One out of every two marriages in this country ends in a divorce. Why? Well, I can’t prove this, but I firmly believe that the alarming divorce rate in this country is directly related to putting up Christmas trees.
Every once in a while in life we are blessed to meet a deeply spiritual person. There is a common misunderstanding about what it means to be a “deeply spiritual person.” Many people think that such a person is someone who is expressive, if not outspoken, about their faith and their beliefs. They believe a deeply spiritual person is someone who has great certainty rather than doubts, and is fond of quoting scripture or praying in public.
I’m a proud graduate of the University of Tennessee where I obtained my Bachelor of Conservative Arts degree with a major in football appreciation, and a minor in miscellaneous extracurricular activities.
On Tuesday, United States Senator Bob Corker announced that he will not run for reelection to the Senate next year. Within minutes after his announcement, people across the Volunteer State were asking: Will Peyton Manning throw his helmet into the ring?
It was no surprise that Tennesseans began to wonder if there was a Senator Peyton in their future.
My all-time favorite newspaper columnist, the late, great Lewis Grizzard, once wrote a book with the wonderful title, Elvis is Dead and I Don’t Feel So Good Myself . While I love the title, I respectfully disagree with it.
Some 40 years after the King went to Rock and Roll Heaven (where as the Righteous Brothers reminded us, you know they have a hell of a band), Elvis remains very much with us in spirit. He remains alive in our hearts and makes us feel good when we hear his music.
Forty-four years ago, a young Tennessee Senator named Howard Baker appeared on national television during a Senate hearing and asked the following compound question: “What did the President know, and when did the President know it?”
When I was a child growing up nearly 60 years ago, lightning bugs or “fireflies” filled the summer night skies.
On an October afternoon in 1964, I sat impatiently in the back of Mrs. Evans’ 7th grade history class at Frayser Junior High School. I had the small plastic earpiece of my Japanese transistor radio in my right ear so I could listen to the 5th game of the World Series between the evil New York Yankees and my beloved St. Louis Cardinals.
Last Saturday, I celebrated (sic) my 65th birthday. My present was a Medicare card. Yes, it’s happy Medicare for me!
Now that the Federal government has issued me a Medicare card, it’s official: I’m an old geezer.
JUNE 8, WASHINGTON, D.C.—Today is National Seersucker Day, and I’m celebrating it in the United States Capitol with Senator Bill Cassidy of Louisiana, Senator Dianne Feinstein of California, and many other well-dressed Senators participating in “Seersucker Thursday.”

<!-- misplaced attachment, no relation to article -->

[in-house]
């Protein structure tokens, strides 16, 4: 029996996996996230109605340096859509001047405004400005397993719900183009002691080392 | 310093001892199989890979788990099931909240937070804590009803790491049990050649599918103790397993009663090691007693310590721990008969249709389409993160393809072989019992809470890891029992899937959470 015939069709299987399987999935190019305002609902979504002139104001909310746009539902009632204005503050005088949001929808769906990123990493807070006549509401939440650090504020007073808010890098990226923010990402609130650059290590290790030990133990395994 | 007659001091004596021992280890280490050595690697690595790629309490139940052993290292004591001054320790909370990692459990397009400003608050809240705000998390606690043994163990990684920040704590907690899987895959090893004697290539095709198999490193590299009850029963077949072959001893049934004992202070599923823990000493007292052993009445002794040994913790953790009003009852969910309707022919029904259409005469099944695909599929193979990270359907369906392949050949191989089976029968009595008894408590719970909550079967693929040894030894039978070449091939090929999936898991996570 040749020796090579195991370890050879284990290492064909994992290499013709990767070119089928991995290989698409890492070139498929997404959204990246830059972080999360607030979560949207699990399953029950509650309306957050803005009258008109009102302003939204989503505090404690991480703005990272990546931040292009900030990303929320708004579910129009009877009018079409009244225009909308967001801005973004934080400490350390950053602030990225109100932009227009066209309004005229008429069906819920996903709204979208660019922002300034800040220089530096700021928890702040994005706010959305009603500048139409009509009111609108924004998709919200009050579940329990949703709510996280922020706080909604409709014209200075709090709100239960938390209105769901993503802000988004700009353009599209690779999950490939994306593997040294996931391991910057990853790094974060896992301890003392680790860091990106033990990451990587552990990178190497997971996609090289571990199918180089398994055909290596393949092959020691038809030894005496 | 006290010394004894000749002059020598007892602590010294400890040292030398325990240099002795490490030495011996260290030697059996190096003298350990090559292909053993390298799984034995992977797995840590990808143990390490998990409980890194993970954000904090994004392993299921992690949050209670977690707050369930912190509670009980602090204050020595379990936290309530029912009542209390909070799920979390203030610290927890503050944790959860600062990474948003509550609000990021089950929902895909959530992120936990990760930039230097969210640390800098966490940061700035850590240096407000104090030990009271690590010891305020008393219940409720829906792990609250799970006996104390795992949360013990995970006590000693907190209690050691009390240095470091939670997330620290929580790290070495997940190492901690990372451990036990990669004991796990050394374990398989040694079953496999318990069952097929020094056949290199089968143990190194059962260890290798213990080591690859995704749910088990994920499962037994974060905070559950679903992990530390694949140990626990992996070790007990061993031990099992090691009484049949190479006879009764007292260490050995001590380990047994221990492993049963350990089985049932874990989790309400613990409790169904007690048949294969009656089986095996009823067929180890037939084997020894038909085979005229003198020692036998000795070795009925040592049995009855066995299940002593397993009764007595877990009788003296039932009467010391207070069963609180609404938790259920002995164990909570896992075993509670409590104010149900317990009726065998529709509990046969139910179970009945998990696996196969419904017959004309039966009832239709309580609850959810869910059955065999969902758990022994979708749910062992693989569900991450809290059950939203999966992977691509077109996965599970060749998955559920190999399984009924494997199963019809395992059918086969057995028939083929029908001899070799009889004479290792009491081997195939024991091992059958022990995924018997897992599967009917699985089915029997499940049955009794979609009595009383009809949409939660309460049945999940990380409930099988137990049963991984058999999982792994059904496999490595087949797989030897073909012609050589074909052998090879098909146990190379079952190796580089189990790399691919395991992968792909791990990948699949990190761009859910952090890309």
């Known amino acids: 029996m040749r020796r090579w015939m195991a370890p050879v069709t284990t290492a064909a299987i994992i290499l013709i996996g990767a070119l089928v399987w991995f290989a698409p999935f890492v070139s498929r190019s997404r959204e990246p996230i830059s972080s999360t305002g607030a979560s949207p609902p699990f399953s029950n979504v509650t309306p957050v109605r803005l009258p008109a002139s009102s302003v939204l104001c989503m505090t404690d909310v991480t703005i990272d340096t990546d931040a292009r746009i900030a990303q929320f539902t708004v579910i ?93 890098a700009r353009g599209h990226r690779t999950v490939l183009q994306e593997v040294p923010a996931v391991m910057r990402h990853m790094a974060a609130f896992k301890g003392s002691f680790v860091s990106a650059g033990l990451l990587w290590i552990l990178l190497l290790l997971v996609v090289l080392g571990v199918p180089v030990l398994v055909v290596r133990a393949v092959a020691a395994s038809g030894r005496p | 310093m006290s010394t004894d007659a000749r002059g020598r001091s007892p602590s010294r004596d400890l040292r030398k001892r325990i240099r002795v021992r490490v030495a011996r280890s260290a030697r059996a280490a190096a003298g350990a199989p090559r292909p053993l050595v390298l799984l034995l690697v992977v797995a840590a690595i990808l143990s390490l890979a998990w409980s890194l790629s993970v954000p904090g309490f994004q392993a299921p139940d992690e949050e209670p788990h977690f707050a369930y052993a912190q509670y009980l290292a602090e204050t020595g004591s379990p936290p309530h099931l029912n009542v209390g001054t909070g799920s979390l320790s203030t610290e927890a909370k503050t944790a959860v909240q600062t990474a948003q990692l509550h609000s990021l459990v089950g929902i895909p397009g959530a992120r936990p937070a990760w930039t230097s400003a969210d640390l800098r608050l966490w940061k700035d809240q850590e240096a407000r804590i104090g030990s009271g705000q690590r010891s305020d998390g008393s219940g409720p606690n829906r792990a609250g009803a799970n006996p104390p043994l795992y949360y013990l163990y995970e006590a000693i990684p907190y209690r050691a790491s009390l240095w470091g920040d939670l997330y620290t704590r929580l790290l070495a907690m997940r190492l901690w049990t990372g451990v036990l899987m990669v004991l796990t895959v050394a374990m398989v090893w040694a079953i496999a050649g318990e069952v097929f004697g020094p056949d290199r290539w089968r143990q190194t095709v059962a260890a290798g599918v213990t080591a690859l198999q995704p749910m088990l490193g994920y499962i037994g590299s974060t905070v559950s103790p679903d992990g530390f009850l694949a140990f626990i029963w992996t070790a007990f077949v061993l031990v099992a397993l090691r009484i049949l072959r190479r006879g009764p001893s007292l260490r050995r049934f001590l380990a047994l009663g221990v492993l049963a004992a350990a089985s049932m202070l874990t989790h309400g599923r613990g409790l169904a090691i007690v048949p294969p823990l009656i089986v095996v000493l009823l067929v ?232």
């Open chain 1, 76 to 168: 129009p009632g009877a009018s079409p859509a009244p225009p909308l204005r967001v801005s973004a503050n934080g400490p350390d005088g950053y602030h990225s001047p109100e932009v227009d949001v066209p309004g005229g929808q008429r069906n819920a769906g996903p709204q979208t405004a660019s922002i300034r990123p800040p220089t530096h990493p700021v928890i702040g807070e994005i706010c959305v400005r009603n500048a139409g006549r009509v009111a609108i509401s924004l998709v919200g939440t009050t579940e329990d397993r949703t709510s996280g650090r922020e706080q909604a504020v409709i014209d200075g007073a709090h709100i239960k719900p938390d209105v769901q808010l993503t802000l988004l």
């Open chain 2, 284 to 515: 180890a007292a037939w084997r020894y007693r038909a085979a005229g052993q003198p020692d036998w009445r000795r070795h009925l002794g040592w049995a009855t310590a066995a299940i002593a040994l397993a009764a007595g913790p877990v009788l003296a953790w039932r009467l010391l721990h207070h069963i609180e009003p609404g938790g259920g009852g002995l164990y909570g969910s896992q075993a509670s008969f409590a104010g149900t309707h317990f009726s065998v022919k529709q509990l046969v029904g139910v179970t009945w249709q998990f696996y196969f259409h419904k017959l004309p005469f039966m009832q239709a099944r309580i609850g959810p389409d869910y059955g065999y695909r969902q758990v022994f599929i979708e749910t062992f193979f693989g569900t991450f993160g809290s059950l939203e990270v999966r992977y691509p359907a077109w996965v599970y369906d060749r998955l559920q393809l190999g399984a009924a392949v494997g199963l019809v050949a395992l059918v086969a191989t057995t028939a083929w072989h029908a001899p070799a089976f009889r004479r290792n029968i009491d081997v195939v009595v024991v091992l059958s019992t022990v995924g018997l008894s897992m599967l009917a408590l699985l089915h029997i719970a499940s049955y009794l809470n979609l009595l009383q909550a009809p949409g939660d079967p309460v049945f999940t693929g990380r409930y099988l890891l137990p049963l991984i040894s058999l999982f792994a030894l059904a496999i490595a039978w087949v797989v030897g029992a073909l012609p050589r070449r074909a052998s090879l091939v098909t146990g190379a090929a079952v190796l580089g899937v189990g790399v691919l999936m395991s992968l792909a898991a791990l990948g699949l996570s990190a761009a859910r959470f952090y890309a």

This coming Monday, Memorial Day, marks the 100th anniversary of the birth of our 35th President, John Fitzgerald Kennedy.
Like almost every American over the age of 60, I can tell you precisely where I was on Friday afternoon, November 22, 1963, when I heard the news that President Kennedy had been assassinated.
On Monday, the University of Kentucky announced that it is changing the name of its football stadium from Commonwealth Stadium to Kroger Field. That’s right, frequent football shoppers! Come September, the University of Kentucky Wildcat football team will be playing in a football stadium named after a grocery store.
Tonight is Trolley Night on South Main Street in downtown Memphis. Except there won’t be any trollies. There will be those hideous looking buses designed to look like trollies. Those faux trolley buses are the Elvis impersonators of mass transit.
Behold, brothers and sisters! I bring you good tidings of great joy … and comfort! Seersucker season is back, at least for those of us who live south of the Sweet Tea Line!
When I was a child, Easter Sunday always began in darkness. And it always ended in sunlight.
My mother would awaken me dark and early on Sunday morning long before sunrise. I would put on the Sunday clothes she had laid out for me. A white sports jacket. White dress shirt. A colorful bowtie. Black pressed trousers and black shoes my father had shined on Easter Eve.
JUPITER, FLORIDA: I am at this very sunlit moment sitting in one of my favorite places on Earth, Roger Dean Stadium, winter home of my beloved St.Louis Cardinals. It is 83 degrees, and there is not a cloud in the sky. If Heaven is better than this, it must really be something.
We are now living in the era of fake news. If you don’t believe it, you obviously did not watch the telecast of the Academy Awards ceremony on Sunday night.
In the spring of 1973, I was an undergraduate majoring in Football Appreciation at the University of Tennessee. Like a lot of college students, I skipped several classes that spring, and I’ve got the transcript to prove it.
But I didn’t cut class in May of 1973 to throw a Frisbee or to enjoy springtime in the mountains of East Tennessee.
Unless you are a divorce lawyer, February is one of the best months of the year. That's because right smack in the middle of the year's shortest month comes a day for lovers ... Valentine's Day!
I love bookstores. I particularly love small, cozy independent bookstores that are cluttered with stacks of books.
I generally hate to shop, but I make an exception when it comes to bookstores. I love to browse around them, sipping on a cup of coffee, and occasionally plopping myself into an available lounge chair and start reading some special book I have found and intend to buy before I leave the store.